Escher’s art has become became well known among students and research scientists, in the study of mathematics, pattern language, and the Biophilia hypothesis.
So what are we to make of all this? Well, if there is something that is sacred we must ask what it is. Clearly, we are emotionally and spiritually affected by our environment. Whether it is some special energy forces that enable us to harmonize with our surrounding environment or something else we are certainly influenced by forms and shapes. Chinese Feng shui, Western Environmental Psychology, lightening design, interior design, and architectural design all show this to be so. Geometric shapes have been shown to affect the behavior of animals in captivity as well as inmates in mental institutions.
Though I have no “scientific proof” my intuition tells me that there are things in the world that are sacred and that there are “invisible forces” that bind the universe, earth, and humanity together, through what the Chinese call qi.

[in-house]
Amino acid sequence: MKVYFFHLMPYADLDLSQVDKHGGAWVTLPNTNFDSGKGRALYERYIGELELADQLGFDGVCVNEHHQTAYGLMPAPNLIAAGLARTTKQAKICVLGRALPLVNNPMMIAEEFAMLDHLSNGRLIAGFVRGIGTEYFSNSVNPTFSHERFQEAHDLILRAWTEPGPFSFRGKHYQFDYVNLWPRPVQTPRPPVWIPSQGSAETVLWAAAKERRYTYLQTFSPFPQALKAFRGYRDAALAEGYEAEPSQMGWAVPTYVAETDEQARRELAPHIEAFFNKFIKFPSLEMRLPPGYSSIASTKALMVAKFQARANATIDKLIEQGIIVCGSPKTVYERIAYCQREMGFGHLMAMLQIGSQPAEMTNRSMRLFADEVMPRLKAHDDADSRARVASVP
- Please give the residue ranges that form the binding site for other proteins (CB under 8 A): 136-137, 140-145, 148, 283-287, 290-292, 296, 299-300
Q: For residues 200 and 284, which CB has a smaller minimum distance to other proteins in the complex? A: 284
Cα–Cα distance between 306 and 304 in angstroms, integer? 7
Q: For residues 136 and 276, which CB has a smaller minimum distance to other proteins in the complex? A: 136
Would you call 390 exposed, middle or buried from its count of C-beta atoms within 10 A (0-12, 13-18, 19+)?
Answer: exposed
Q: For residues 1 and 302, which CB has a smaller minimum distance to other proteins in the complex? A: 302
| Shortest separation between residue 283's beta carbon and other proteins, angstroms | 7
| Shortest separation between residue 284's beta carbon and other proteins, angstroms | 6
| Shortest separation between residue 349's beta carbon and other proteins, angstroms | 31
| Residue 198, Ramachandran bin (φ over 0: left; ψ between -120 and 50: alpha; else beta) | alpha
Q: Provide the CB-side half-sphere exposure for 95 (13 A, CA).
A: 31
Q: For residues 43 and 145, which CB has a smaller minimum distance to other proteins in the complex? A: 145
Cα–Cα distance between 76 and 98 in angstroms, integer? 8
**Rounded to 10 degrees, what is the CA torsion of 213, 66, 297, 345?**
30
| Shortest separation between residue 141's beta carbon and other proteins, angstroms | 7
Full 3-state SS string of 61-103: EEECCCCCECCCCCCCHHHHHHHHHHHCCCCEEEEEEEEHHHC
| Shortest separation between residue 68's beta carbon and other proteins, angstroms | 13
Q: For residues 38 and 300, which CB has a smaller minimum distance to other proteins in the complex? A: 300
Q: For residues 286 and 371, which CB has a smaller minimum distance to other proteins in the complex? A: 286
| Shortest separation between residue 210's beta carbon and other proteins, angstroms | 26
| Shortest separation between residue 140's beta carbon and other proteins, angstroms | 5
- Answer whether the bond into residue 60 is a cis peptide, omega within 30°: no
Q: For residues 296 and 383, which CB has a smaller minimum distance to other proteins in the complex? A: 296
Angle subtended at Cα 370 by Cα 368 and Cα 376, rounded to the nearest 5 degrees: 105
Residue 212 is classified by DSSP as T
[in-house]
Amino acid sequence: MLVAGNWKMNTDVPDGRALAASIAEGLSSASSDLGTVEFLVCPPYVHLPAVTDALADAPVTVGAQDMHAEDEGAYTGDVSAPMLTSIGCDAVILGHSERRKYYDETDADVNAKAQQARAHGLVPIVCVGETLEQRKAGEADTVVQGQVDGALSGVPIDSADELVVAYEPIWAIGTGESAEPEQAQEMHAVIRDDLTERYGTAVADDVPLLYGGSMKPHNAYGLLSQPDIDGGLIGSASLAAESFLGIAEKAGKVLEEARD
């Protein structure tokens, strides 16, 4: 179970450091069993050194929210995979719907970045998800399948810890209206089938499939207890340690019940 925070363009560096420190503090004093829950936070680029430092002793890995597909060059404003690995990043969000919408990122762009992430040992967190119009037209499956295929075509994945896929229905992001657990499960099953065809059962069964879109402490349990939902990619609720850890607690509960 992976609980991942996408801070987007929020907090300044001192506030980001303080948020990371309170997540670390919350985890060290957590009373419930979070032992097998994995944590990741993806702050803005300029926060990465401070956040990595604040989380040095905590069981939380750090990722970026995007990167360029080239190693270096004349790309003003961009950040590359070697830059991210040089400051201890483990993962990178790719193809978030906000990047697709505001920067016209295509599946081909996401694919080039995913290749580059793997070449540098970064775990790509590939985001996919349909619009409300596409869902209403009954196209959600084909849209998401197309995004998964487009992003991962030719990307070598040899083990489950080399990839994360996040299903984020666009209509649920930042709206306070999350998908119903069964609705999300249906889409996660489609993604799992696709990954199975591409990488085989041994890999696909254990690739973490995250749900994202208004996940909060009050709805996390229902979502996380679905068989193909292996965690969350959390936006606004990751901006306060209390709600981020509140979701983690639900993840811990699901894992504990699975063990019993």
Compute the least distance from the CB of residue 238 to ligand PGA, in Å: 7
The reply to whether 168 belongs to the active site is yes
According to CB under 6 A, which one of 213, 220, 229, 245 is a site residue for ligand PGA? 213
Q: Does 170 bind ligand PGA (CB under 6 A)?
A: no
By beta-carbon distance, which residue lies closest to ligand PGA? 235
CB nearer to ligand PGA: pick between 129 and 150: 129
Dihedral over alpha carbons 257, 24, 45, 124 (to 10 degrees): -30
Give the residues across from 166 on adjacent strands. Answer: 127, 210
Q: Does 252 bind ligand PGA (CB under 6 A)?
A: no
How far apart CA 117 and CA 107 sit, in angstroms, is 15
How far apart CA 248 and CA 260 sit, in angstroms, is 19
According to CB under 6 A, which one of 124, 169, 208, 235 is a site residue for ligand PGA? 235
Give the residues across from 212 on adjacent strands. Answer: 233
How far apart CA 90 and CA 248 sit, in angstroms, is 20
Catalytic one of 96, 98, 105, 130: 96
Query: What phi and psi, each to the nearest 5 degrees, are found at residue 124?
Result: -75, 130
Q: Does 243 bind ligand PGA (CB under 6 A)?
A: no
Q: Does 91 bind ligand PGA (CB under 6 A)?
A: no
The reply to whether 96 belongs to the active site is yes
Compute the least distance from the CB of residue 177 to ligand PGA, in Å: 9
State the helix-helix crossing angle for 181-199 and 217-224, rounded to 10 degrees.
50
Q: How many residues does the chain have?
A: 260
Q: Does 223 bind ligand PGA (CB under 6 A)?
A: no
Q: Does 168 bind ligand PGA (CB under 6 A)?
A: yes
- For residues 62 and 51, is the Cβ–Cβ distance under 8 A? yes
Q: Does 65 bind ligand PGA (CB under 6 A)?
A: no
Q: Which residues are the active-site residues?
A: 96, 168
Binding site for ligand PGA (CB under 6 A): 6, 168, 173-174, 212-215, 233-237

If the concept of sacred geometry interests you, I recommend you explore concepts such as Pattern Language, the work of the American architect, systems theorist, author, designer, inventor, and futurist, R. Buckminster Fuller, and the artwork of M.C. Escher.
If you are an innovative thinker I also recommend the PBS interviews “The Power of Myth” with the anthropologist Joseph Campbell, and read Douglas Hofstadter’s Pulitzer Prize-winning 1979 book Gödel, Escher, Bach.
Author: My name is Lewis Harrison. I am a practical philosopher and independent scholar in the area of Essential Taoism, practical philosophy, Eastern thought, personal improvement, and problem-solving